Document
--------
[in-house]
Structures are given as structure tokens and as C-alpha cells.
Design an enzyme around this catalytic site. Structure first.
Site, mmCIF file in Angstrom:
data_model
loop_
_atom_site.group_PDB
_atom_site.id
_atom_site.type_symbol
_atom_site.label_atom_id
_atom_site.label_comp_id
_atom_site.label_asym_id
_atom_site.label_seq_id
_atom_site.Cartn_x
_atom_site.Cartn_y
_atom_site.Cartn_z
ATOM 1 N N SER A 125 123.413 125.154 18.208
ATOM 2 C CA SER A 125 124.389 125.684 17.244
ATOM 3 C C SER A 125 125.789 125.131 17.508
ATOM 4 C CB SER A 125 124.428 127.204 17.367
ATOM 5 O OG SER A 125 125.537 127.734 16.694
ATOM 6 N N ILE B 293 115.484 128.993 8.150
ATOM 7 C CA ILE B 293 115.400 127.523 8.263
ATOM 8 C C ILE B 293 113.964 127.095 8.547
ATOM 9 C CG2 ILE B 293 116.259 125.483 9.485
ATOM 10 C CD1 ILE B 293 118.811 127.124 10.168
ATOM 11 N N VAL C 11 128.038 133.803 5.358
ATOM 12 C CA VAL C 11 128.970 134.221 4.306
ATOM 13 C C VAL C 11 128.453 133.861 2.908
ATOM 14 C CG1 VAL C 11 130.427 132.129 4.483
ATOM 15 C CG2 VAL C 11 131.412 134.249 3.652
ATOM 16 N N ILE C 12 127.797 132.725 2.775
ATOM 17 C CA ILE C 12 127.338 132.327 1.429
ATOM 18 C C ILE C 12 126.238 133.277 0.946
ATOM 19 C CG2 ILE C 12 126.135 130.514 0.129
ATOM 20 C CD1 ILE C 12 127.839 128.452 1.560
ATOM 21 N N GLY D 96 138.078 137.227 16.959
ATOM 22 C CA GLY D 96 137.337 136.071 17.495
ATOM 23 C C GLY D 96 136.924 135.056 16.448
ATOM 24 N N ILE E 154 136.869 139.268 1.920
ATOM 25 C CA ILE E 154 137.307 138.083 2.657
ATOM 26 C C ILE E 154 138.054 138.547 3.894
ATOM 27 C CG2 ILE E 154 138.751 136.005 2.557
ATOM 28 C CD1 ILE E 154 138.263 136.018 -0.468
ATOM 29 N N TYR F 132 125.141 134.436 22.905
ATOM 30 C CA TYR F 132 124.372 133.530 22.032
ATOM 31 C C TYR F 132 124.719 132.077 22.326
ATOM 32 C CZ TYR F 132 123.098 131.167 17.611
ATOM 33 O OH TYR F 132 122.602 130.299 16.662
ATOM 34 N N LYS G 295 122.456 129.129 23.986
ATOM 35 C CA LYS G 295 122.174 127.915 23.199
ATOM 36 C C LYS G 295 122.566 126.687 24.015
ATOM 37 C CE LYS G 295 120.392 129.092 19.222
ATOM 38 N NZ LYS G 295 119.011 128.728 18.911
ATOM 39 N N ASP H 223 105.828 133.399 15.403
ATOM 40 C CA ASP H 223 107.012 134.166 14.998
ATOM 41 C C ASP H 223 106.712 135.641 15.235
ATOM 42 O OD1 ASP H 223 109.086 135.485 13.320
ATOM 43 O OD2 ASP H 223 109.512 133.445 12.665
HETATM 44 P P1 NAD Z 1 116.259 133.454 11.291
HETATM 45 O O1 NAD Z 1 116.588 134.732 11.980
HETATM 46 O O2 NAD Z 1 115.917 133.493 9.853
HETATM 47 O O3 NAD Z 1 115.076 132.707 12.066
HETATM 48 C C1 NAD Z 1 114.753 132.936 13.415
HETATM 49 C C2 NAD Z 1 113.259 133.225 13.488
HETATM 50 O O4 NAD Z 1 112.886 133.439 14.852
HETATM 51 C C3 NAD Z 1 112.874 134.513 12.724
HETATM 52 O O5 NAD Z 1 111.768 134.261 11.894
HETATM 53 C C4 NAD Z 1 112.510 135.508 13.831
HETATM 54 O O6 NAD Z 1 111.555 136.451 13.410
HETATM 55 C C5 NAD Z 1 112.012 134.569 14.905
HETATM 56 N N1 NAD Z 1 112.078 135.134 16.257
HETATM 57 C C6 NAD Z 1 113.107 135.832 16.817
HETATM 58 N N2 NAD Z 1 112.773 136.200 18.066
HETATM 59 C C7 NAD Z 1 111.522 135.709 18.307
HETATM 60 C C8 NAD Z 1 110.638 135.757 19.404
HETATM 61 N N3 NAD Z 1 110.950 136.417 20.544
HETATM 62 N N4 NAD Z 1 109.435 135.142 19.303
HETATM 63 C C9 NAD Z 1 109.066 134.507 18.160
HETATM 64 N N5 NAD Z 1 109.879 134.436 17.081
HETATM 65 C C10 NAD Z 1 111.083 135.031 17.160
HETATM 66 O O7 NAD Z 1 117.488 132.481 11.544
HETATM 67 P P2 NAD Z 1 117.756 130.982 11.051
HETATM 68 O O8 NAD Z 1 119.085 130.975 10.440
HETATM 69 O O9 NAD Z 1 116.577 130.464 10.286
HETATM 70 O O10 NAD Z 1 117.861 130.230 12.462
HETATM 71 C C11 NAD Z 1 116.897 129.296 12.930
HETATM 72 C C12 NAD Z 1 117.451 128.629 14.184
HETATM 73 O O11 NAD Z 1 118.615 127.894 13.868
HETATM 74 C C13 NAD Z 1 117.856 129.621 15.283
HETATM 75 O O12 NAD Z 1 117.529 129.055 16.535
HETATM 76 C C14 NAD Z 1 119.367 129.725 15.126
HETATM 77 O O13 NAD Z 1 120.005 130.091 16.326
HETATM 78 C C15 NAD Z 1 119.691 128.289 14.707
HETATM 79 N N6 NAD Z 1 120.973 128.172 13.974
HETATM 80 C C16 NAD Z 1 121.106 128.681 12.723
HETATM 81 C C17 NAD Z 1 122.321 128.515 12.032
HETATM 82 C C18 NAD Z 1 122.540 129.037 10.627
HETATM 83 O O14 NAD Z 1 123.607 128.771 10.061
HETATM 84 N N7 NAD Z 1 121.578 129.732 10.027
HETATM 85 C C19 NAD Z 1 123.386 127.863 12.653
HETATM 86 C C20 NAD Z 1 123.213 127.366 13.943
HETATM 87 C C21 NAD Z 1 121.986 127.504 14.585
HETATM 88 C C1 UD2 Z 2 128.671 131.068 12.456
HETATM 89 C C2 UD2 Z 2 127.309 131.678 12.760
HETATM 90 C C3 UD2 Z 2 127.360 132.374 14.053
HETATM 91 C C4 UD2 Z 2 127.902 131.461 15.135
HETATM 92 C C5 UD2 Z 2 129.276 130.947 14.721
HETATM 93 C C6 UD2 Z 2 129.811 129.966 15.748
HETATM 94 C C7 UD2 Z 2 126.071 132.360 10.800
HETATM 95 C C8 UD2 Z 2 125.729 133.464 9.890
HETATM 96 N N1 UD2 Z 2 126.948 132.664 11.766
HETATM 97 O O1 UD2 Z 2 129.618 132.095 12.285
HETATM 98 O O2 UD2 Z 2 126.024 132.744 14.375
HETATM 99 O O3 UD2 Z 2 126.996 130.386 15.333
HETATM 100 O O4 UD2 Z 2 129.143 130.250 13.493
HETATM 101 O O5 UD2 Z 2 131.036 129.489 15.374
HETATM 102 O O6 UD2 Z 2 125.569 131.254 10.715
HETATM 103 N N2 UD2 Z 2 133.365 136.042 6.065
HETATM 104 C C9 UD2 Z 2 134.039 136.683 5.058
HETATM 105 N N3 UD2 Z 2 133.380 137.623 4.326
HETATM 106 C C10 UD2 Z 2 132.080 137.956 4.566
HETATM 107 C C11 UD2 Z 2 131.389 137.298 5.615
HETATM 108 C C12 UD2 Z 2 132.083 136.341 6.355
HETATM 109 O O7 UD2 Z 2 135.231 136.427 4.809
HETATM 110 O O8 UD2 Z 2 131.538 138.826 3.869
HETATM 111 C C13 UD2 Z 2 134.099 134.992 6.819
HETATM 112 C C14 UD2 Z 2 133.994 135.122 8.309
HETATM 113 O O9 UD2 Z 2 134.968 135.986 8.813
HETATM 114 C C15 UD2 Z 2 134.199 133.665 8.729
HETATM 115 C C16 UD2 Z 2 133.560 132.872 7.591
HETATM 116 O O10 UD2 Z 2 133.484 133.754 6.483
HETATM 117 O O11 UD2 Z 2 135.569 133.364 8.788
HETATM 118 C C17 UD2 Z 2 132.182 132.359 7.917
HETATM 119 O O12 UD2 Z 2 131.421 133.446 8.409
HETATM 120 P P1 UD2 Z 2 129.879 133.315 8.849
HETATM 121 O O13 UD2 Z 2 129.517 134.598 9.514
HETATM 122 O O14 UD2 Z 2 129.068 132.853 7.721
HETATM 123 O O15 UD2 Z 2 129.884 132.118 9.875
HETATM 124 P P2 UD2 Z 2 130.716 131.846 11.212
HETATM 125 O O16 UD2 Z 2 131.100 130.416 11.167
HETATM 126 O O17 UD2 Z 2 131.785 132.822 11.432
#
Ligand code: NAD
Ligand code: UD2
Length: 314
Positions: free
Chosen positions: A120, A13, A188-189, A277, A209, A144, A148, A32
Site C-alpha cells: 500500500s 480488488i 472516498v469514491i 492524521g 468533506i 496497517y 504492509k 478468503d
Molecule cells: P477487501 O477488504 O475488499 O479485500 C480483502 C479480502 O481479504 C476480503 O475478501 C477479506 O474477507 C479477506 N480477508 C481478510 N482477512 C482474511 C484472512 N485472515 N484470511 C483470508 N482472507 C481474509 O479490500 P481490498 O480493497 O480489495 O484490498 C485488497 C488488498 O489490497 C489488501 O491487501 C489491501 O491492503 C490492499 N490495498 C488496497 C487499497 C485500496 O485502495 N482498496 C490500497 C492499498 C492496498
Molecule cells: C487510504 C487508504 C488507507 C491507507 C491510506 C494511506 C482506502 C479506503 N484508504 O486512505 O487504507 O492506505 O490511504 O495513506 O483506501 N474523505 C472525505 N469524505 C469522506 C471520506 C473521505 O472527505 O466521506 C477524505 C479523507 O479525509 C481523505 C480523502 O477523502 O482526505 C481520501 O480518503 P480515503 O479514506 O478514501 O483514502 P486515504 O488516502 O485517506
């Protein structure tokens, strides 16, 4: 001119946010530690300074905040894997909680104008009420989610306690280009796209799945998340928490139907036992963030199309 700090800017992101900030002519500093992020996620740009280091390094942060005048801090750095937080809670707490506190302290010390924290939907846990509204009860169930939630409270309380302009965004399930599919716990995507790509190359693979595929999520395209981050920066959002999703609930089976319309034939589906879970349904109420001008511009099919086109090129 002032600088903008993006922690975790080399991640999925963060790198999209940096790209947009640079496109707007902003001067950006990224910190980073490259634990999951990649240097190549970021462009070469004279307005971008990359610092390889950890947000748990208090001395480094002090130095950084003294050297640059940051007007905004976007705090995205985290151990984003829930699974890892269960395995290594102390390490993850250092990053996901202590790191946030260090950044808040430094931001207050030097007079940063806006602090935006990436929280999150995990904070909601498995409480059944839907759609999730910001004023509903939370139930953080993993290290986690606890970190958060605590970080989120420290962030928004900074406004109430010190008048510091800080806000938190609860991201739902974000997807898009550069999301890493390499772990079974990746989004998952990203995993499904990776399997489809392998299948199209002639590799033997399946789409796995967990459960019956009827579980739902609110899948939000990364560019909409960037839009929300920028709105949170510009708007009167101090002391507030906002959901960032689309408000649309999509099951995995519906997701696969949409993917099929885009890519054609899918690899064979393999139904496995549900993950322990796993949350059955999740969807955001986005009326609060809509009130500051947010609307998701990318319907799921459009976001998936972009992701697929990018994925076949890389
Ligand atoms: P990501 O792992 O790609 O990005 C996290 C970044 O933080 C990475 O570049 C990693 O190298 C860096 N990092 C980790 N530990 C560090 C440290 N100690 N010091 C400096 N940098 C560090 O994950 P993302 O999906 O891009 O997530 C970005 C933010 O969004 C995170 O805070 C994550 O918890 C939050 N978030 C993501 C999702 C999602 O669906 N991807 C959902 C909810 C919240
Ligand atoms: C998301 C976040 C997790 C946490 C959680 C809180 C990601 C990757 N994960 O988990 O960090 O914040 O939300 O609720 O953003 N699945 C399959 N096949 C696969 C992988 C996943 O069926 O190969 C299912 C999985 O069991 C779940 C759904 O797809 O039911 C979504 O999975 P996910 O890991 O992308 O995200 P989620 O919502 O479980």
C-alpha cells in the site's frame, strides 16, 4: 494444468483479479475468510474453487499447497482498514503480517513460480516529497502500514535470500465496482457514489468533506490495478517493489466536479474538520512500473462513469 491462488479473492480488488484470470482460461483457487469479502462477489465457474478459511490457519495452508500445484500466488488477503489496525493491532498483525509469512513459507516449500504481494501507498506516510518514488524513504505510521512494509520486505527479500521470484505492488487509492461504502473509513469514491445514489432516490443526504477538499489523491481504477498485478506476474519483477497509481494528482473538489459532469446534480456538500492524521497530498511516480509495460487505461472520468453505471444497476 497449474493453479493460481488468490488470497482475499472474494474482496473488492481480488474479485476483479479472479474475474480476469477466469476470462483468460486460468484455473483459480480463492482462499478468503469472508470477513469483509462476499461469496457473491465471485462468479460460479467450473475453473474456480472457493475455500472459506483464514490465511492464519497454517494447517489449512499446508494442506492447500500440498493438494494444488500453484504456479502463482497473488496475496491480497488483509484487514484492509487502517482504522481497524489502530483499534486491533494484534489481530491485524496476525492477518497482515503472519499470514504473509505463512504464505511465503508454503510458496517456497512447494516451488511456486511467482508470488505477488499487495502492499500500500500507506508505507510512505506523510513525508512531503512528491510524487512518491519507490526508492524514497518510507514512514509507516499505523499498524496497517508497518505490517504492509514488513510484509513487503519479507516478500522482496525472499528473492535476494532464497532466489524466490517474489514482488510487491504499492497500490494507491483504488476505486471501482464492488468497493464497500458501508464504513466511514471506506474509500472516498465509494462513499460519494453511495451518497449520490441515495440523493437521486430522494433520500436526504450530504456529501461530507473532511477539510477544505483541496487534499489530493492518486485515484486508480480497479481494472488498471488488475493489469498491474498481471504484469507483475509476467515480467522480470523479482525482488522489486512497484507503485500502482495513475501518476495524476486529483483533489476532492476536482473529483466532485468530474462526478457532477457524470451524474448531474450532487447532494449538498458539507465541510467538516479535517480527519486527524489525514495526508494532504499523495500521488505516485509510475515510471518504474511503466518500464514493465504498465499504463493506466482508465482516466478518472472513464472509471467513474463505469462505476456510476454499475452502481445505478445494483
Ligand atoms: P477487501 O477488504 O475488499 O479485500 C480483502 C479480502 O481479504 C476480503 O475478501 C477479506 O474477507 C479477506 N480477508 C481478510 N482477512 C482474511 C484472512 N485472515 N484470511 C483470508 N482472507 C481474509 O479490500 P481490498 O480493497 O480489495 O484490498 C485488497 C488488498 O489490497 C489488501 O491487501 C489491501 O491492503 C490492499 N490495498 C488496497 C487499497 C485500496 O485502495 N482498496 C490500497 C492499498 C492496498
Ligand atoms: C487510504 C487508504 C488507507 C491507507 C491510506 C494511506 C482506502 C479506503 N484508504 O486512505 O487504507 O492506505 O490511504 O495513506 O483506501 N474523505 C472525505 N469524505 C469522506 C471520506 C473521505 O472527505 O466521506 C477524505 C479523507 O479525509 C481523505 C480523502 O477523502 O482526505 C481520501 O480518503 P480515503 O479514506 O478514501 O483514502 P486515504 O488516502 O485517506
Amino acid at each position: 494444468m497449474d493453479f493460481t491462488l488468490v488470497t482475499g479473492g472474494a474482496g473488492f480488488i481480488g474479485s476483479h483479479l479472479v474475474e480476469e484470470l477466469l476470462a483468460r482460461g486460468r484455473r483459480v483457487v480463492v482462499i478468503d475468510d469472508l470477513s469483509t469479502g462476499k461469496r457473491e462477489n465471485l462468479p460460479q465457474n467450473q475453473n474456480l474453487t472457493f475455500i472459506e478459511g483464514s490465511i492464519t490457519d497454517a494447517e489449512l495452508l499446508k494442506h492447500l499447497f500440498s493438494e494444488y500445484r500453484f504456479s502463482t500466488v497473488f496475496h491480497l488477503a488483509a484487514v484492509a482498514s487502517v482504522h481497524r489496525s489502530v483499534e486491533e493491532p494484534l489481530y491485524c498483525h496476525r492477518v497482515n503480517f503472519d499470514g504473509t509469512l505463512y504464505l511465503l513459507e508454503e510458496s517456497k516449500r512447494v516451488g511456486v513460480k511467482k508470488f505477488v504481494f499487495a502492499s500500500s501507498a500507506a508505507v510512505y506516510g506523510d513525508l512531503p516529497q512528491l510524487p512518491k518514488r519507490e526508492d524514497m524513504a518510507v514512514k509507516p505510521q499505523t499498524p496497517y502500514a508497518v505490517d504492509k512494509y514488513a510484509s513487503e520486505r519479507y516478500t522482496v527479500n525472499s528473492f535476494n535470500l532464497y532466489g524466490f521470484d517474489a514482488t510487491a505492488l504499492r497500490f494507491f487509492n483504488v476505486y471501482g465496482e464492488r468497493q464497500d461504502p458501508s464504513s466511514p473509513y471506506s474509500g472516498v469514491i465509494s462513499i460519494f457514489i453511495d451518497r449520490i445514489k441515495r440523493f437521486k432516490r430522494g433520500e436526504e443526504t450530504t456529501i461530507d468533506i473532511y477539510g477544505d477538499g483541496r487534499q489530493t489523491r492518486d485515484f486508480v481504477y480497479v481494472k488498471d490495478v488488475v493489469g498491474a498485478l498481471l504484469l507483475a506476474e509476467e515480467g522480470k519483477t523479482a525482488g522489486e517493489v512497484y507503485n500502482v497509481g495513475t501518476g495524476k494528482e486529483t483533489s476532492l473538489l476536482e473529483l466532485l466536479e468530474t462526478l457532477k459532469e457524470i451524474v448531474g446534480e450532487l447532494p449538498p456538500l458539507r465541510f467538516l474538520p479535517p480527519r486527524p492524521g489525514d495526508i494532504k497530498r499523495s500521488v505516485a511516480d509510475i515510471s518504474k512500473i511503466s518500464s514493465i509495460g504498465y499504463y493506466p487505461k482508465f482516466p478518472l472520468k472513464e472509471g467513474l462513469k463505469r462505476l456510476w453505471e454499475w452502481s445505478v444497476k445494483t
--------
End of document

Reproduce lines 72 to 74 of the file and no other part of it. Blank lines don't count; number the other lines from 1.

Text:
HETATM 56 N N1 NAD Z 1 112.078 135.134 16.257
HETATM 57 C C6 NAD Z 1 113.107 135.832 16.817
HETATM 58 N N2 NAD Z 1 112.773 136.200 18.066